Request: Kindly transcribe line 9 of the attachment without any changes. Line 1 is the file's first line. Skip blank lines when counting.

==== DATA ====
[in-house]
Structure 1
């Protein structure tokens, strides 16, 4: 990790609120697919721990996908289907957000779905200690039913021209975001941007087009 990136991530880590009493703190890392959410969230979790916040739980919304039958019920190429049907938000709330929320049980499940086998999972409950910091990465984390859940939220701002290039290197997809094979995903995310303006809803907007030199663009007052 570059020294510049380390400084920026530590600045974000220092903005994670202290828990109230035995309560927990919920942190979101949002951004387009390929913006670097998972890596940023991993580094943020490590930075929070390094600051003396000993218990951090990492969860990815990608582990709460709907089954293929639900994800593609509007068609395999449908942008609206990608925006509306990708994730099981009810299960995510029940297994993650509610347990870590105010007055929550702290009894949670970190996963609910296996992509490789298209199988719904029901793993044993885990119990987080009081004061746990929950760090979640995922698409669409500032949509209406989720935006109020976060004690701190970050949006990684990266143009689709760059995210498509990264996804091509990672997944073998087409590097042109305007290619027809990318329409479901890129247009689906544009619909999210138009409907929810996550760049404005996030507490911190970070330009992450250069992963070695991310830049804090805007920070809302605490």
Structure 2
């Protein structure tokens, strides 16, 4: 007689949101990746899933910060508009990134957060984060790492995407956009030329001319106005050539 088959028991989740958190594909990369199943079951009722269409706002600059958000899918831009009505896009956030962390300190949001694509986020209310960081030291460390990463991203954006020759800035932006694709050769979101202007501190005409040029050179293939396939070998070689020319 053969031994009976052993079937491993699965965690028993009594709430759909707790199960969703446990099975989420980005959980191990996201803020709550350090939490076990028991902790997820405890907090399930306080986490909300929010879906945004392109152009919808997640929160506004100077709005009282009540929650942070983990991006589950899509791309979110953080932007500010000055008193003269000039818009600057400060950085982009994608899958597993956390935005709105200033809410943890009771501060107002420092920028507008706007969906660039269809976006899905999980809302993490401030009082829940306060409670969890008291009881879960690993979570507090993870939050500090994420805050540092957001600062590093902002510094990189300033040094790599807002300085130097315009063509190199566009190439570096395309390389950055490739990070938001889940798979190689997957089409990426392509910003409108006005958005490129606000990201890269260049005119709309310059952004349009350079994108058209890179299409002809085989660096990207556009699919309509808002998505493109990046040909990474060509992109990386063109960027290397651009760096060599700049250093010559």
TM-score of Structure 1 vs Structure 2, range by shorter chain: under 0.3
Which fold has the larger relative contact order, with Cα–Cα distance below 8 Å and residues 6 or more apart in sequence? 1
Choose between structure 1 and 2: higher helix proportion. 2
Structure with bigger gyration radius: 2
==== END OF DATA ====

Structure with bigger gyration radius: 2